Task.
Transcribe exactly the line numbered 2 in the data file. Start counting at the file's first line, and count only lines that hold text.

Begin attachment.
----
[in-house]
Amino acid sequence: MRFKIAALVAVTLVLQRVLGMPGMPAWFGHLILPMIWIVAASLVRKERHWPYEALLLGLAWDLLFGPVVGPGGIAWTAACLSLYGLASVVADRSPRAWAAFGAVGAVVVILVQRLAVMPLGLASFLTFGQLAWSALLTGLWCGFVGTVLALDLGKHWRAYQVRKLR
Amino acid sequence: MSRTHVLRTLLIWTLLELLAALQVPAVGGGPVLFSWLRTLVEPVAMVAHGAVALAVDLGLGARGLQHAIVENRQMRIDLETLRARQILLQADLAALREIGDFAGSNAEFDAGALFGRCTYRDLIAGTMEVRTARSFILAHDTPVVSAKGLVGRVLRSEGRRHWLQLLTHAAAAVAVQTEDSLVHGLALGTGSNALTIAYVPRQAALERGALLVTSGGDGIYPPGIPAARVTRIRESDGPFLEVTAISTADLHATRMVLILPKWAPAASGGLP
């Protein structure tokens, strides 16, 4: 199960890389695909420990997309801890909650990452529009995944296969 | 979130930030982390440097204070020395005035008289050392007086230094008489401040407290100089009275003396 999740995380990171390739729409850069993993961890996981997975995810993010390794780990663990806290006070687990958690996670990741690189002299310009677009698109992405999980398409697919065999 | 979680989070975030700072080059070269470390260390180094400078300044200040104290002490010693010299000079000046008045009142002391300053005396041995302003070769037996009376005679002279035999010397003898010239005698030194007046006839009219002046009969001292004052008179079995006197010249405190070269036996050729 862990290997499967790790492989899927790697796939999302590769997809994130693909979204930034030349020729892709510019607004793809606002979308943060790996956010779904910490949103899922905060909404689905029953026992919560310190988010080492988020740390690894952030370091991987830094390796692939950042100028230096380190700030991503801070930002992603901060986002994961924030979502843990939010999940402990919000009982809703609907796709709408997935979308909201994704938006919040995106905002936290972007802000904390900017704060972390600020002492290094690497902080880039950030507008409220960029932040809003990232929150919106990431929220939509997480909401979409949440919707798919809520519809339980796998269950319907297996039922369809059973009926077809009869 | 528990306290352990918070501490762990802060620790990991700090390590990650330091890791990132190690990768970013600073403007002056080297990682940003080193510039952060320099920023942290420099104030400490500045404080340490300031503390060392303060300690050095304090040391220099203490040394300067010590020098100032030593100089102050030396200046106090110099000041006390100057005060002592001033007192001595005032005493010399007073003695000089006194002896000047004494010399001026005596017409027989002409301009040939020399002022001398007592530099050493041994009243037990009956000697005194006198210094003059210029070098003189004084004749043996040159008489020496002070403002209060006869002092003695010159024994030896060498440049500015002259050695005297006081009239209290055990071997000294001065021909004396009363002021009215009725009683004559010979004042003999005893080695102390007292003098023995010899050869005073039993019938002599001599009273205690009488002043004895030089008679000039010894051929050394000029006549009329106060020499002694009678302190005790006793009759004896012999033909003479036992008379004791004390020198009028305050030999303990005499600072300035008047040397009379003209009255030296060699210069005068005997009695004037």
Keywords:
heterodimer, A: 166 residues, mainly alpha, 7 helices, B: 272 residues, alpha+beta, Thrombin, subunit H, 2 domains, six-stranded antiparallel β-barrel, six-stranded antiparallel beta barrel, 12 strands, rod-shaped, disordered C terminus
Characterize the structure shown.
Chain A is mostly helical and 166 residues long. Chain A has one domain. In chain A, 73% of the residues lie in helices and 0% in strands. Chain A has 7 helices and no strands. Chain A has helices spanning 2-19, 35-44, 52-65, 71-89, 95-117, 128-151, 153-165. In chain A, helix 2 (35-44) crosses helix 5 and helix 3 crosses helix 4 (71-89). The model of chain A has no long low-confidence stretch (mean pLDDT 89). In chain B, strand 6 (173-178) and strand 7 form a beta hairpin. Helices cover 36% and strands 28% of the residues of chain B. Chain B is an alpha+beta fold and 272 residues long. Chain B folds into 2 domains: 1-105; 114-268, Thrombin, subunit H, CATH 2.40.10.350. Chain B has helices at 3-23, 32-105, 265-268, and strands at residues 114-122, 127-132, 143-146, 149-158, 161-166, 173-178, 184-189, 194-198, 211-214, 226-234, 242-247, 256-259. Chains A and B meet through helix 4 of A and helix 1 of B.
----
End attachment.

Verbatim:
Amino acid sequence: MRFKIAALVAVTLVLQRVLGMPGMPAWFGHLILPMIWIVAASLVRKERHWPYEALLLGLAWDLLFGPVVGPGGIAWTAACLSLYGLASVVADRSPRAWAAFGAVGAVVVILVQRLAVMPLGLASFLTFGQLAWSALLTGLWCGFVGTVLALDLGKHWRAYQVRKLR